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Qualifying as a teacher in the UK

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To become a teacher you must have a degree in the subject of your choice, and at least a C grade in Mathematics and English Language GCSEs (or equivalent qualifications), and no criminal record.  Primary education applicants will also need a C grade in a Science GCSE (or an equivalent qualification).

All UK state schools and most independent schools require their teachers to have Qualified Teacher Status (QTS). There are four main ways for graduates to gain this; a Post-Graduate Certificate in Education (PGCE), School Centred Initial Teacher Training (SCITT), Graduate Teacher Programme (GTP) and Teach First.

Most teacher training providers requires you to have recently completed a short observation of a school before applying. For more information, go to our Getting Experience in Schools webpage.

Upon achieving QTS, teachers must also pass their induction period – normally their first year of teaching - which is assessed by approx. six lesson observations across the year. Thereafter, there are many opportunities to develop new skills and take on additional responsibility e.g. a Masters in Teaching and Learning, or an application to become an Advanced Skills Teacher.

The starting salary for a teacher is £21,588 (£27,000 in inner London). Private schools salaries are higher and teachers may be offered subsidised housing too, depending on the wealth of the school.

PGCE

The most common way to become qualified is to gain a Post-Graduate Certificate in Education (PGCE). These can be done in either primary or secondary education, and involve tuition at a university and teaching experience in two contrasting schools

How to apply

You apply for PGCE and PGDE courses through the Graduate Teacher Training Registry (GTTR), their website allows you to search for courses. There will be a fee and you have to order your course choices by preference, so it is sensible to have previously made informal contact with your preferred institution to demonstrate interest.   Applications open in early September annually, and the deadline for primary teachers falls at the start of December.

  • See Applying for a PGCE on the Prospects website, which includes a free, downloadable booklet 'Applying for a PGCE'.
  • To research quality of schools go to OFSTED 

Finances while training

There is a lot of financial help available to all UK or EU citizens. There is no financial support is available to students outside of the European Economic Area.

  •  A student loan to cover fees - is automatically available to all UK and EU students. The terms and conditions of student loans vary each academic year. This is something you should research.
  •  A living cost loan repayable under the same conditions is also available, but again, these conditions vary every year.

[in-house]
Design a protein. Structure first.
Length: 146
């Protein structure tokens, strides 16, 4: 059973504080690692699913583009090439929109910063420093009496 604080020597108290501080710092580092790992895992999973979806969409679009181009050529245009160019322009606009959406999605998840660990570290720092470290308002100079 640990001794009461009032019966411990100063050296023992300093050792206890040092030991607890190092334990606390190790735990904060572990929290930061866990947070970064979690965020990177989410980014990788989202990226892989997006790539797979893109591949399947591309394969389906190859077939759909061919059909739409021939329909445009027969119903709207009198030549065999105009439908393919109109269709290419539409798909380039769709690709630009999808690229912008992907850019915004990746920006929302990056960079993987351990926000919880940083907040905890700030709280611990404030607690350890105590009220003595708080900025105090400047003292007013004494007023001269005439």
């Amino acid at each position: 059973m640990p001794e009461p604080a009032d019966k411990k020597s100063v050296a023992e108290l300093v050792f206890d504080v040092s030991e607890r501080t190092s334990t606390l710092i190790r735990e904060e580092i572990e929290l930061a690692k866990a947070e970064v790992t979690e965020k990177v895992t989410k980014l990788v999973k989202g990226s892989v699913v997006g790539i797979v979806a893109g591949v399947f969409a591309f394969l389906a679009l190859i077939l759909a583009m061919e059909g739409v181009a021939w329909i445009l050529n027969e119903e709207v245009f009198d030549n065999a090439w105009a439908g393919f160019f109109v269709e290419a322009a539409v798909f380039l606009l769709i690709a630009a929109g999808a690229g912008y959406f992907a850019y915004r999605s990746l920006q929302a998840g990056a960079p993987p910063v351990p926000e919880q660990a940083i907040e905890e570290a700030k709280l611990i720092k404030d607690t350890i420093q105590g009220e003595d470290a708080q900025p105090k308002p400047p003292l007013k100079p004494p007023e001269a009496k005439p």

•  An assembly learning grant which does not have to be repaid is available.
  • Bursaries are available from the government, which again do not have to be repaid. Individual universities may also give bursaries – check www.excellencegateway.org.uk  for more information or ring the Advice Service helpline about FE teaching on 0300 303 1877.

For more information see the student finance webpages for England, Wales, Scotland and Northern Ireland.

SCITT

School Centred Intial Teacher Training  (SCITT) is a year-long course run by consortia of schools rather than by universities. It is only available in England and Wales. 

How to apply

Finances while training

Fees, loans, grants and bursaries are exactly the same as for the PGCE.

GTP

The Graduate Teacher Programme (GTP) is 'on the job' training within a single school. It is aimed at professionals who want to change their career but need to earn a salary as they train. It is salaried, thus may be a feasible alternative for those foreign students who can work in the UK but who are not eligible for loans, grants and bursaries to support themselves while they train.

How to apply

To find a school that is looking for a GTP trainee, look for advertisements on the TES jobs pages or contact one of the institutions that would monitor your training (an EBITT) - a database of which is available on the Training and Development Agency for Schools' website.

Finances while training

Your school will pay you an unqualified teacher's salary depending on your responsibilities, experience and location. The salary will be slightly higher if you are teaching in London.

Teach First

Teach First is a charity, primarily funded by big business, that trains high-achieving graduates over two years to work in challenging schools. Its sponsors also offer trainees management and leadership training. Teach First only has participating schools in London, the Midlands and the Northwest.

How to apply

All applications are online via Teach First: Recruitment and selection.

Finances while training

You do not have to pay any fees, and will receive a salary in both years.  This information can be found by contacting Teach First.

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